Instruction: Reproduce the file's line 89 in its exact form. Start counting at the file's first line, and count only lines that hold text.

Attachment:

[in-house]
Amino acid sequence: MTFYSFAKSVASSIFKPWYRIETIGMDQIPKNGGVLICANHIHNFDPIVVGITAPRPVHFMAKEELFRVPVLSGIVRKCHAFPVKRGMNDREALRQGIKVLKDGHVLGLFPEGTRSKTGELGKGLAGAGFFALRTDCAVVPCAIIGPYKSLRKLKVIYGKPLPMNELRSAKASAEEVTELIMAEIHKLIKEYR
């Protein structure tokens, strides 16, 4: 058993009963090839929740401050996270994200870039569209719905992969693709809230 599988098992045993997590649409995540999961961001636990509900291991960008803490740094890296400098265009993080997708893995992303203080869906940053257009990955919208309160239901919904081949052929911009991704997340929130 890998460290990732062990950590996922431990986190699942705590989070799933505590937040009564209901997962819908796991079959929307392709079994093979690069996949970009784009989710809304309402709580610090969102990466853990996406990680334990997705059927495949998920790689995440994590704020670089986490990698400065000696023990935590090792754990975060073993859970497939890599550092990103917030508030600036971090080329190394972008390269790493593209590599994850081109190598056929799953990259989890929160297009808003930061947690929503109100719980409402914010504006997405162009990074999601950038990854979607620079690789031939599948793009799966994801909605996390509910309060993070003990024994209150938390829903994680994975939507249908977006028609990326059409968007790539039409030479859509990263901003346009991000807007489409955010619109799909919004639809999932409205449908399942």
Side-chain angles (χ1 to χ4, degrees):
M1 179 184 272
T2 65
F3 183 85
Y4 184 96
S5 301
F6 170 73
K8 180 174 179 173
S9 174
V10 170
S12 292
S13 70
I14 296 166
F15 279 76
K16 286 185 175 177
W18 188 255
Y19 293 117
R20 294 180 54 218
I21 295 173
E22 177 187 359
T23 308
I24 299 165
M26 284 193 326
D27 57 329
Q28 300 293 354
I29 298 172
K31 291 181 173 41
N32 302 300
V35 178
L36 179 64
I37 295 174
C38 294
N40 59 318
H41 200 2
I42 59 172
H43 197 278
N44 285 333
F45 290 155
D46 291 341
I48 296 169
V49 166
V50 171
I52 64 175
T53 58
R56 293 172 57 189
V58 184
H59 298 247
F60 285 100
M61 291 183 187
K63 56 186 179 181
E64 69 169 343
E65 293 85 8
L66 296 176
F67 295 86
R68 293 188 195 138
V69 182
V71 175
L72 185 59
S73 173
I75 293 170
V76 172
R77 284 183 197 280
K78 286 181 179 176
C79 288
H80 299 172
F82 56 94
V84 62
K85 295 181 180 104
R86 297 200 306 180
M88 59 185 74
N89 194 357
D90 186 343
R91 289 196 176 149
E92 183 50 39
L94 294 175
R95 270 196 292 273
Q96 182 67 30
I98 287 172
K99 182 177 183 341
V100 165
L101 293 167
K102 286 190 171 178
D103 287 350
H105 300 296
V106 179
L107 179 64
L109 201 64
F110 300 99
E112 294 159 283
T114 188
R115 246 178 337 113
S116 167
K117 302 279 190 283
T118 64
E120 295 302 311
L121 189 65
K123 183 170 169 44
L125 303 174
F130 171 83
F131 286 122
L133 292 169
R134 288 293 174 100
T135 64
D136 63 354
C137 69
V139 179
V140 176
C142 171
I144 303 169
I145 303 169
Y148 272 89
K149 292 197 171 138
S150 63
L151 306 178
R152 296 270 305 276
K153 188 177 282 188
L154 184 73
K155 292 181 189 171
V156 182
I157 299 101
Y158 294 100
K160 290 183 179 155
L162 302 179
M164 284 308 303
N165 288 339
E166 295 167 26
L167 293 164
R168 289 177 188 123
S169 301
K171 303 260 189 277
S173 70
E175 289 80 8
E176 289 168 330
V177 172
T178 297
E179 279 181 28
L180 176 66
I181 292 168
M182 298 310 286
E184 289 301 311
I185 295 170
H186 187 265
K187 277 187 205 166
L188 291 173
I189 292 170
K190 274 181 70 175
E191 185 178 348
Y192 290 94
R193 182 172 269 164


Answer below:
L107 179 64